Author(s): Bono CM, Renard R, Levine RG, Levy AS
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Abstract Using a dynamic biomechanical model of malunion of the shoulder, we have determined the change in deltoid force required for abduction with various combinations of superior and posterior displacement of fractures of the greater tuberosity of the humerus. We tested eight fresh human cadaver shoulders in a dynamic shoulder-testing apparatus during cycles of glenohumeral abduction from 0 degrees to 90 degrees. The greater tuberosities were osteotomised and stabilised to represent malunion with combinations of superior and posterior displacements of 1 cm and less. The peak force was measured for each displacement in each specimen and statistically compared with values of no displacement using a repeated-measures analysis of variance. The abduction force was significantly increased by 16\% (p = 0.006) and 27\% (p = 0.0001) by superior displacements of 0.5 cm and 1 cm, respectively, while combined superior and posterior displacement of 1 cm gave an increase in force of 29\% (p = 0.001). While treatment criteria for acceptable residual displacement of the greater tuberosity are widely used, there is little information on the direct biomechanical effects of displacement on shoulder mechanics. Although the results of conservative treatment are influenced by a number of factors, including associated injuries, rehabilitation and the pre-existing function of the shoulder, our data suggest that small amounts of residual displacement may alter the balance of forces required to elevate the arm at the glenohumeral joint.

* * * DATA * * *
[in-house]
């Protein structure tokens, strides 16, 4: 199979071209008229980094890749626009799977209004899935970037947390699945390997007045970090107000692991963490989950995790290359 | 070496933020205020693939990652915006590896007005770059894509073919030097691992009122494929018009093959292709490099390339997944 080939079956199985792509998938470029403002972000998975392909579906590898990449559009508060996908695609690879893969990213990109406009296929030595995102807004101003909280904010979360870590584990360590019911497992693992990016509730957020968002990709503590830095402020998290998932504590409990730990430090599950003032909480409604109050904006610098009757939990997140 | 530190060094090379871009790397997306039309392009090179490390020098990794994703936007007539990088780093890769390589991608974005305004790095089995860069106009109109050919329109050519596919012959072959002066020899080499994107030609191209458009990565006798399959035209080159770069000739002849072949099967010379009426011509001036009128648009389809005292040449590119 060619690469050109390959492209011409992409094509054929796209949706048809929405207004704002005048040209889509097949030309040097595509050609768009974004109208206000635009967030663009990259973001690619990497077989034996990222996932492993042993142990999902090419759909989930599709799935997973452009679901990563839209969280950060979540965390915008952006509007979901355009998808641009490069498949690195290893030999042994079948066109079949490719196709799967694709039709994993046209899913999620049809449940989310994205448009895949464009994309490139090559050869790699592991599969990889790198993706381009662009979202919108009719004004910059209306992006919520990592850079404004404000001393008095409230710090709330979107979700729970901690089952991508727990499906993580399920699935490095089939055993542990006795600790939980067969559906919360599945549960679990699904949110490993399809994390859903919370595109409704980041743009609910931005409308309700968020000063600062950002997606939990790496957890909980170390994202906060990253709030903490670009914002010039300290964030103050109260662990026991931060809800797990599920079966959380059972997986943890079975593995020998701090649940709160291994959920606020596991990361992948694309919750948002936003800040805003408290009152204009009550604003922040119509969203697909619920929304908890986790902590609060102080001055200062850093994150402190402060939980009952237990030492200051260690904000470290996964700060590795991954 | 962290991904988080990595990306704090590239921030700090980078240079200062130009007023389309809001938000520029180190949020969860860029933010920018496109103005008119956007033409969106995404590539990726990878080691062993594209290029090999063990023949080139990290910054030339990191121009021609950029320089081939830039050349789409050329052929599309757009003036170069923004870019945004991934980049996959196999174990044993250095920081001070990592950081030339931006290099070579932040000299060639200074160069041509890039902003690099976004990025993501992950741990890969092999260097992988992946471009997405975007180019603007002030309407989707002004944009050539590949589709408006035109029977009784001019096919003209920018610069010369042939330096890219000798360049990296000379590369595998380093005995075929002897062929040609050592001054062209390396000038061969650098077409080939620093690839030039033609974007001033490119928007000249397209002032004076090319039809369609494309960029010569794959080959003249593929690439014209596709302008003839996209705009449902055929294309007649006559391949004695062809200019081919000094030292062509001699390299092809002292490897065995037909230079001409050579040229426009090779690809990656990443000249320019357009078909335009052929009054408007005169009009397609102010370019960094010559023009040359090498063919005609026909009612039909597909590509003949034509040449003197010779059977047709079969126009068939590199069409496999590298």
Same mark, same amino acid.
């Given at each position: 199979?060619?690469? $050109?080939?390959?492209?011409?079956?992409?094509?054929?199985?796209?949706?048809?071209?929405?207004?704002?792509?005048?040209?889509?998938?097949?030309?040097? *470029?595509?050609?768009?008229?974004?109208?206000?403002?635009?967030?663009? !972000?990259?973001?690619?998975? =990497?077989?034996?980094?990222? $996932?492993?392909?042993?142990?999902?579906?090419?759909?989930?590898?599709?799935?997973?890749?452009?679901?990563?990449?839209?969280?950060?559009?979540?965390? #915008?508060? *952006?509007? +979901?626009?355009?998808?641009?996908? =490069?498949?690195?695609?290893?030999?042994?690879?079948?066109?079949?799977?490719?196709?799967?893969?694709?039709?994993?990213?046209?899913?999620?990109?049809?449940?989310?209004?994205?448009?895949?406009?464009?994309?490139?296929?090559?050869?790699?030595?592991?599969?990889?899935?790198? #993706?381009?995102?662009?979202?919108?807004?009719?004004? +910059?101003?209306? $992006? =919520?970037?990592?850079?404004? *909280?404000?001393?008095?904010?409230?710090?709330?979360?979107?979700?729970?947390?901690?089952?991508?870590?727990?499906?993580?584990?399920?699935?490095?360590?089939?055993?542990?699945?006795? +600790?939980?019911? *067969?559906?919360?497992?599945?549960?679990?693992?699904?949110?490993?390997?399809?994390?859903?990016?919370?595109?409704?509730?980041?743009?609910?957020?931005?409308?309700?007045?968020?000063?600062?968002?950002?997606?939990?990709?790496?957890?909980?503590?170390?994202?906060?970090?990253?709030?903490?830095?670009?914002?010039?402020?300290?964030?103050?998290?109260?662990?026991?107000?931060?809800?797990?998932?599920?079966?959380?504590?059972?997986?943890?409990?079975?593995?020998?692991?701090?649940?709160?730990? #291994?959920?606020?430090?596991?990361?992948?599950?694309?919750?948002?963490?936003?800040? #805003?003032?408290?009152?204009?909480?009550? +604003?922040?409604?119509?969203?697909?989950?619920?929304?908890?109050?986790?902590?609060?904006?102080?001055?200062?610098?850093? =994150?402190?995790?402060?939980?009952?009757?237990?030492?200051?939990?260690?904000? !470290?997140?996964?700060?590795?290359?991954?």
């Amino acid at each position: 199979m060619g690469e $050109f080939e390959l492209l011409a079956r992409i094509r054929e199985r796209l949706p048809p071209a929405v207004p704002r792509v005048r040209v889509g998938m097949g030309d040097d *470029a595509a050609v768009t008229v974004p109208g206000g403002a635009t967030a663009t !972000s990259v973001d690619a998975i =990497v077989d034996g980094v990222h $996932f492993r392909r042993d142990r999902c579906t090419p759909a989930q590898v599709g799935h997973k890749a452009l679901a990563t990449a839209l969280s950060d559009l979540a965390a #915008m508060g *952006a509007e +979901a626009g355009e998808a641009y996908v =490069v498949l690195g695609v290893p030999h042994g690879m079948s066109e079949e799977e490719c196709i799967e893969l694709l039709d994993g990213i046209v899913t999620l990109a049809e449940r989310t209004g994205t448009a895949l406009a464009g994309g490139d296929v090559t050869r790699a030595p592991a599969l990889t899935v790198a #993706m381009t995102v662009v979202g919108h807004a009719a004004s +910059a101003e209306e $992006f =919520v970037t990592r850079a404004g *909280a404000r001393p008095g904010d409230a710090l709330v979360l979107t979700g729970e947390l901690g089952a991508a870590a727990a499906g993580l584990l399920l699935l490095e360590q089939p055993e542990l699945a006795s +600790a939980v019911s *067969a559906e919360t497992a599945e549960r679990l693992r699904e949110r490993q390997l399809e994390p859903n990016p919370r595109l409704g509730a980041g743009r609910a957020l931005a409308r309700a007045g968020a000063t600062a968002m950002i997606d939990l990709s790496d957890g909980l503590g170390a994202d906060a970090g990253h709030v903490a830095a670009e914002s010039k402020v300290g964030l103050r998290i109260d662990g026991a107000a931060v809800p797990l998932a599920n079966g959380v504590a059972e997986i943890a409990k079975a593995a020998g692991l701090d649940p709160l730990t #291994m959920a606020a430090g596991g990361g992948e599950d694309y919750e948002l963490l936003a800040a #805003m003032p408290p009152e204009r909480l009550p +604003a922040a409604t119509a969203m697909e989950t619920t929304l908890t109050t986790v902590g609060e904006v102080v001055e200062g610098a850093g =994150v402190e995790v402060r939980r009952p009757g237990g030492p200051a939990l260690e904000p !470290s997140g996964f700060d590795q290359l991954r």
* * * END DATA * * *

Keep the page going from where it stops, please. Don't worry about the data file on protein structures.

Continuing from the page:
This article was published in J Bone Joint Surg Br
and referenced in Orthopedic & Muscular System: Current Research